Look Before You Dive, Lawyer Specializing in Paralysis Cases Warns

United Press International

Former major league baseball pitcher Pete Redfern remembers with chilling clarity the day he became one of the more than 1,000 Americans paralyzed each year in diving accidents.

"I stepped up to the sea wall, and the water looked to be about five feet deep, maybe four feet deep," Redfern said, recalling that day in Newport Beach in 1983 when he became a paraplegic, abruptly ending his career and changing his life forever.

"As I got right above the water, I looked as I pushed out off the wall and dove out further. The water had gotten shallower and I just kind of buckled up and put my knees down and tried to stop myself.

"When I hit the water, the impact caused me to go forward, and I hit my head and broke my neck. All I remember after that is a lot of pain."

Awareness Urged

Diving accidents are the fourth-highest cause of paralysis--behind bullet wounds, traffic accidents and falls--and the overwhelming majority occur during the summer.

With the beach and pool season approaching, Jeffrey Pop, an attorney who has seen their debilitating effects, is preaching public awareness.

After all, he said, the profile of a person who is likely to be paralyzed in a diving accident is someone who was "not aware he could break his neck by diving or become permanently injured." The Beverly Hills attorney has spent eight years specializing in representing victims of diving accidents and doing extensive research.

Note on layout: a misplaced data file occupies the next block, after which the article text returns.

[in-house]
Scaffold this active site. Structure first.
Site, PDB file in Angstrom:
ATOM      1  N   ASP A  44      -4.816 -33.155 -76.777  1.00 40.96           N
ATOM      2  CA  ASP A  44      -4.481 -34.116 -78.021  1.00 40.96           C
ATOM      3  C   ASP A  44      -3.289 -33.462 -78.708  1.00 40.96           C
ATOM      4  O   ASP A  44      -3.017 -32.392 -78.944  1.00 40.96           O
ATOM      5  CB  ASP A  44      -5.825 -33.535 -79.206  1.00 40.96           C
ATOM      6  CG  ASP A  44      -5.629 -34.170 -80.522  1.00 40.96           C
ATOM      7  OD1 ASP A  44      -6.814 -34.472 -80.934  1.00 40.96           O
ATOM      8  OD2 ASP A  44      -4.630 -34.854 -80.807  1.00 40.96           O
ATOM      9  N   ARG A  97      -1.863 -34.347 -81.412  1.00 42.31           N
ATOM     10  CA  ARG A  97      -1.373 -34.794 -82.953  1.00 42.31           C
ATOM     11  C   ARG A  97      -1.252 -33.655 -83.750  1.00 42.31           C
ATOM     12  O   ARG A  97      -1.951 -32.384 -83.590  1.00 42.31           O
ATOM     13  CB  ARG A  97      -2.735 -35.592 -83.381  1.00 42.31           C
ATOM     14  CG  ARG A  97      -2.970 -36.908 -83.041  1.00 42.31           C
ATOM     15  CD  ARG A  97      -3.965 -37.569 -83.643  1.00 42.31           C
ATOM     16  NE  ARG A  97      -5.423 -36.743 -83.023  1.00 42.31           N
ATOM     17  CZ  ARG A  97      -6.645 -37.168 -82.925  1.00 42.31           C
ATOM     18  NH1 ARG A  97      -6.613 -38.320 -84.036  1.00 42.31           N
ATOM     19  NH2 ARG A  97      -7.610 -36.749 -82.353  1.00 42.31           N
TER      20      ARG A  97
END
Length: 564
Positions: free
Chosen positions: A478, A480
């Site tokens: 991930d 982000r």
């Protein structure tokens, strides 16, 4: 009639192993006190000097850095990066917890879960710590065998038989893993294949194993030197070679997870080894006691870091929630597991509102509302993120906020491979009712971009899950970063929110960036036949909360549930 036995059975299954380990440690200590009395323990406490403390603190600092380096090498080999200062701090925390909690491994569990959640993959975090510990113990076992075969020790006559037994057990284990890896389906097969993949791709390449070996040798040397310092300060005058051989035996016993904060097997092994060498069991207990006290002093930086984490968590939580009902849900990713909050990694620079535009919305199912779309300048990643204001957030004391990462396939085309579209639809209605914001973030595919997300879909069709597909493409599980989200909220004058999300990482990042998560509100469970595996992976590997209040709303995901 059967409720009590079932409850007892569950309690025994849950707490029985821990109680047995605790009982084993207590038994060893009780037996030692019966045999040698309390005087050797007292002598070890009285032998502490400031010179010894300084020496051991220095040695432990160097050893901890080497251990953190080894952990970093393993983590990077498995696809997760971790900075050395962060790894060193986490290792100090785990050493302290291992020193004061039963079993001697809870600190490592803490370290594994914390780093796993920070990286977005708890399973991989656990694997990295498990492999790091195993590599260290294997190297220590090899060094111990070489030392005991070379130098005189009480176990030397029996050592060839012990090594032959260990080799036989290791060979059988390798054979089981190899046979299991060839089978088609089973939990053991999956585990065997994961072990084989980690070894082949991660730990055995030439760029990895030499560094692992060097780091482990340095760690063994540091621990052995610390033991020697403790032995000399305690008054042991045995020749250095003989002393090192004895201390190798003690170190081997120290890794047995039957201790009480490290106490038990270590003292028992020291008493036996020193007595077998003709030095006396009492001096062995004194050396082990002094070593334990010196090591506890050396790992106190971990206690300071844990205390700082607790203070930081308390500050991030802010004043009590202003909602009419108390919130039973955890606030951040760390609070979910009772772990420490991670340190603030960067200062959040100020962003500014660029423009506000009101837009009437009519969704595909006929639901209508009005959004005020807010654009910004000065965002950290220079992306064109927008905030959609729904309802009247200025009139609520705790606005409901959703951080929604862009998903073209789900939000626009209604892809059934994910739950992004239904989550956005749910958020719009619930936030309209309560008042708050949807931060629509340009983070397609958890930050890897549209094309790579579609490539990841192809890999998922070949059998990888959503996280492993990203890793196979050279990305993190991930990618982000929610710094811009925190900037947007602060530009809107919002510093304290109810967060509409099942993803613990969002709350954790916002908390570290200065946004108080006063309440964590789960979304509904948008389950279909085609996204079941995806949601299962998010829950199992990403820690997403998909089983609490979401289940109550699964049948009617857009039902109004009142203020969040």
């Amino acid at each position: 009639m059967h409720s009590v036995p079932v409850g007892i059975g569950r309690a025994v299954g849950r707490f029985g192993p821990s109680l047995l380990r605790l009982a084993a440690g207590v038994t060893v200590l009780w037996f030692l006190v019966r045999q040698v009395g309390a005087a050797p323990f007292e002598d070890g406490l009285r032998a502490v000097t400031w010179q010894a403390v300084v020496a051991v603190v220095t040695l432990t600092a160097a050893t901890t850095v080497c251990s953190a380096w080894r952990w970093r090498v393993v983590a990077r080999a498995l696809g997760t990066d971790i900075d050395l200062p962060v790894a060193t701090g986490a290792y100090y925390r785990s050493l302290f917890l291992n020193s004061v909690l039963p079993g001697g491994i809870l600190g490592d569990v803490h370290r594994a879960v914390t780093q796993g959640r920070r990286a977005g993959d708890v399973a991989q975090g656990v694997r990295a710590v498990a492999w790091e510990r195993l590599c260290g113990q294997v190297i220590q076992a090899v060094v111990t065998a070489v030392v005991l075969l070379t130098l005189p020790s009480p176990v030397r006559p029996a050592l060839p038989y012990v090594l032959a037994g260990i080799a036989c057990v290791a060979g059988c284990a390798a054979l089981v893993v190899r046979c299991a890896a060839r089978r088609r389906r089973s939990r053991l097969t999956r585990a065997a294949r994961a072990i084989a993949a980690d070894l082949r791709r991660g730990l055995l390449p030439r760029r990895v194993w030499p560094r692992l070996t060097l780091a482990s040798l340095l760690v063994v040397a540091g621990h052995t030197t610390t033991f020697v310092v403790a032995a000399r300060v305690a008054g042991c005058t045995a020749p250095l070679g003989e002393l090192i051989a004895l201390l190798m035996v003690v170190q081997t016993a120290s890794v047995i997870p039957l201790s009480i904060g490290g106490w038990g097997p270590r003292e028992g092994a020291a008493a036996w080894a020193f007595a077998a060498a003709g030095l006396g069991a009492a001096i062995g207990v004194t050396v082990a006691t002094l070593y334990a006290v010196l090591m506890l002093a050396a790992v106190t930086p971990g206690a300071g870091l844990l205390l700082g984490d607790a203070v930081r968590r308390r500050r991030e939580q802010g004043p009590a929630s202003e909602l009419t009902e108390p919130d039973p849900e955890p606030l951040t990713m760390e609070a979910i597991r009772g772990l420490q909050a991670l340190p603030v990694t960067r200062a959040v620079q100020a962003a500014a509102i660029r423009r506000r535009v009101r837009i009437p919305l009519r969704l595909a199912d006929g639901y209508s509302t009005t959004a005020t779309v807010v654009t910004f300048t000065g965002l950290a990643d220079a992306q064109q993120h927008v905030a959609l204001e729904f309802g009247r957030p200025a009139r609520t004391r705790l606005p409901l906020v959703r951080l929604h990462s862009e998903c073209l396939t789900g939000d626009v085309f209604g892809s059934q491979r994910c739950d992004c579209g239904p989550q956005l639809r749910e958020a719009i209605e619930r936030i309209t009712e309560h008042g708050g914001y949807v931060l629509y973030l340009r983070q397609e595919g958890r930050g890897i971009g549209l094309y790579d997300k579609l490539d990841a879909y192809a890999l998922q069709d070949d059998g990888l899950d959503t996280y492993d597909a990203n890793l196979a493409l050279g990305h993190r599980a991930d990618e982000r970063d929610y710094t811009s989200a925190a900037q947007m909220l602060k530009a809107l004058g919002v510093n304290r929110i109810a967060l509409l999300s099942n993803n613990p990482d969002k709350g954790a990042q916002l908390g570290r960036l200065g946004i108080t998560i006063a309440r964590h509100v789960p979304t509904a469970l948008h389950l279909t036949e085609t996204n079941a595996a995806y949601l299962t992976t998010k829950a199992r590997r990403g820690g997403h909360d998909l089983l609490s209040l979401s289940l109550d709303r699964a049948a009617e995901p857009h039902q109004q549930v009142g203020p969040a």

"The profile of the typical victim is a male, 18 to 31 years old, close to 6 feet tall, 175 pounds," Pop said. "He will not be intoxicated, although in 40% of the cases he will have had some beer.

"He will have little or no formal training in diving. And if the accident occurs in a pool, it would have been the first time he visited that particular pool. He will not have been verbally warned and there will have been no warning signs in place."

Swimming Pool Perils

Eighty-five percent of such accidents occur in swimming pools, and Southern California accounts for about 11% of the estimated 6 million pools in the United States.

Because the overwhelming majority of victims are injured when they dive into less than five feet of water, Pop said, it is imperative that divers be aware of a pool's configuration.

Too many pools do not have depth markers or are inadequately marked, and others are dangerously designed, so the onus is on the diver, Pop said.

"People don't understand the risks or they don't take the risks seriously," he said. "They think the worst they'll do is break a shoulder or an arm."

Every year regional hospitals in the United States treat more than 1,000 people paralyzed in diving accidents, Pop said, and the actual number of such cases is probably twice as high because victims treated at private hospitals are not tabulated.

One of the reasons for the high incidence of such diving accidents "is that we teach children to dive when they're small" without telling them that the depth of water that is safe to jump into increases as they grow in weight.

Few children below the age of 12 are paralyzed in diving accidents because their low body weight acts as a cushion, he said. The same kind of dive someone easily accomplished in their formative years can, however, have tragic consequences for an adult.

A person paralyzed in a diving accident, Pop warned, faces a life confined to wheelchair, bladder problems, sexual impotence and more than $1 million in medical expenses.

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